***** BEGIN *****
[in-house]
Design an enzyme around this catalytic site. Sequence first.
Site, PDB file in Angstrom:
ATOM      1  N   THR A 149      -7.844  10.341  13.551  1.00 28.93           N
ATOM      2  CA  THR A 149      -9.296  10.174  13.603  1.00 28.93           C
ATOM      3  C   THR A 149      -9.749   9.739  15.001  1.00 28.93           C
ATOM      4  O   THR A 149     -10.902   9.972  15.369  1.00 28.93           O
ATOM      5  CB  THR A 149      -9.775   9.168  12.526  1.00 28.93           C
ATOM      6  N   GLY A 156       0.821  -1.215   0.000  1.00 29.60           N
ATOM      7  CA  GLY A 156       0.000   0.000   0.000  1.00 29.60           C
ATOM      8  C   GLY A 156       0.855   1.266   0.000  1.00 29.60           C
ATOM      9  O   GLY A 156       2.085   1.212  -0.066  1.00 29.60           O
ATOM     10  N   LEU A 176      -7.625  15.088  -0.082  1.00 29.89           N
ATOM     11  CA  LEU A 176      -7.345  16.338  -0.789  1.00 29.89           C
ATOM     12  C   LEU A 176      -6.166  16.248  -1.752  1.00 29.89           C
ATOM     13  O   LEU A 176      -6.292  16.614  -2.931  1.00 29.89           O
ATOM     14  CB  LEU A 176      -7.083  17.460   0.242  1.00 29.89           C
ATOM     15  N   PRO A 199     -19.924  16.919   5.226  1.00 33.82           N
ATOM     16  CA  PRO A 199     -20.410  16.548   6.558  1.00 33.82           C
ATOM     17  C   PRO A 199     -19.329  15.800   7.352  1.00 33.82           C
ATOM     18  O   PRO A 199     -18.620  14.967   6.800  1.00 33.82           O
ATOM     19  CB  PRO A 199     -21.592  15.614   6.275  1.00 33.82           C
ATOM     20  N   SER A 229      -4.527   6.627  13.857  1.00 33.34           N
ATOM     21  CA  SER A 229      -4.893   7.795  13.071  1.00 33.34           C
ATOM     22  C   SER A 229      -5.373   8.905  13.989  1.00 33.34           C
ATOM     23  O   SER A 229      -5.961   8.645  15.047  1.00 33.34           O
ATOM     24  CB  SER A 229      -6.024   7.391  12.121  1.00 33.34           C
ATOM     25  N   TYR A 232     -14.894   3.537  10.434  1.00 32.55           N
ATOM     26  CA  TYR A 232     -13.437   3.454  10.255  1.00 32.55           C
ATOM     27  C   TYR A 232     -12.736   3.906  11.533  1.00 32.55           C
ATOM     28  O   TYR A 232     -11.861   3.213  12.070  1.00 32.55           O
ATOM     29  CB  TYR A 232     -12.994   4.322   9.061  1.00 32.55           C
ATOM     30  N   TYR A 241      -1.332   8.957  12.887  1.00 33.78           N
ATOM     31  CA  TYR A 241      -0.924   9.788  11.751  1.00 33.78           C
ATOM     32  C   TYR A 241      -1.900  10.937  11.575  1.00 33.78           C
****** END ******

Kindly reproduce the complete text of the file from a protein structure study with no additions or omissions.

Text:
[in-house]
Design an enzyme around this catalytic site. Sequence first.
Site, PDB file in Angstrom:
ATOM      1  N   THR A 149      -7.844  10.341  13.551  1.00 28.93           N
ATOM      2  CA  THR A 149      -9.296  10.174  13.603  1.00 28.93           C
ATOM      3  C   THR A 149      -9.749   9.739  15.001  1.00 28.93           C
ATOM      4  O   THR A 149     -10.902   9.972  15.369  1.00 28.93           O
ATOM      5  CB  THR A 149      -9.775   9.168  12.526  1.00 28.93           C
ATOM      6  N   GLY A 156       0.821  -1.215   0.000  1.00 29.60           N
ATOM      7  CA  GLY A 156       0.000   0.000   0.000  1.00 29.60           C
ATOM      8  C   GLY A 156       0.855   1.266   0.000  1.00 29.60           C
ATOM      9  O   GLY A 156       2.085   1.212  -0.066  1.00 29.60           O
ATOM     10  N   LEU A 176      -7.625  15.088  -0.082  1.00 29.89           N
ATOM     11  CA  LEU A 176      -7.345  16.338  -0.789  1.00 29.89           C
ATOM     12  C   LEU A 176      -6.166  16.248  -1.752  1.00 29.89           C
ATOM     13  O   LEU A 176      -6.292  16.614  -2.931  1.00 29.89           O
ATOM     14  CB  LEU A 176      -7.083  17.460   0.242  1.00 29.89           C
ATOM     15  N   PRO A 199     -19.924  16.919   5.226  1.00 33.82           N
ATOM     16  CA  PRO A 199     -20.410  16.548   6.558  1.00 33.82           C
ATOM     17  C   PRO A 199     -19.329  15.800   7.352  1.00 33.82           C
ATOM     18  O   PRO A 199     -18.620  14.967   6.800  1.00 33.82           O
ATOM     19  CB  PRO A 199     -21.592  15.614   6.275  1.00 33.82           C
ATOM     20  N   SER A 229      -4.527   6.627  13.857  1.00 33.34           N
ATOM     21  CA  SER A 229      -4.893   7.795  13.071  1.00 33.34           C
ATOM     22  C   SER A 229      -5.373   8.905  13.989  1.00 33.34           C
ATOM     23  O   SER A 229      -5.961   8.645  15.047  1.00 33.34           O
ATOM     24  CB  SER A 229      -6.024   7.391  12.121  1.00 33.34           C
ATOM     25  N   TYR A 232     -14.894   3.537  10.434  1.00 32.55           N
ATOM     26  CA  TYR A 232     -13.437   3.454  10.255  1.00 32.55           C
ATOM     27  C   TYR A 232     -12.736   3.906  11.533  1.00 32.55           C
ATOM     28  O   TYR A 232     -11.861   3.213  12.070  1.00 32.55           O
ATOM     29  CB  TYR A 232     -12.994   4.322   9.061  1.00 32.55           C
ATOM     30  N   TYR A 241      -1.332   8.957  12.887  1.00 33.78           N
ATOM     31  CA  TYR A 241      -0.924   9.788  11.751  1.00 33.78           C
ATOM     32  C   TYR A 241      -1.900  10.937  11.575  1.00 33.78           C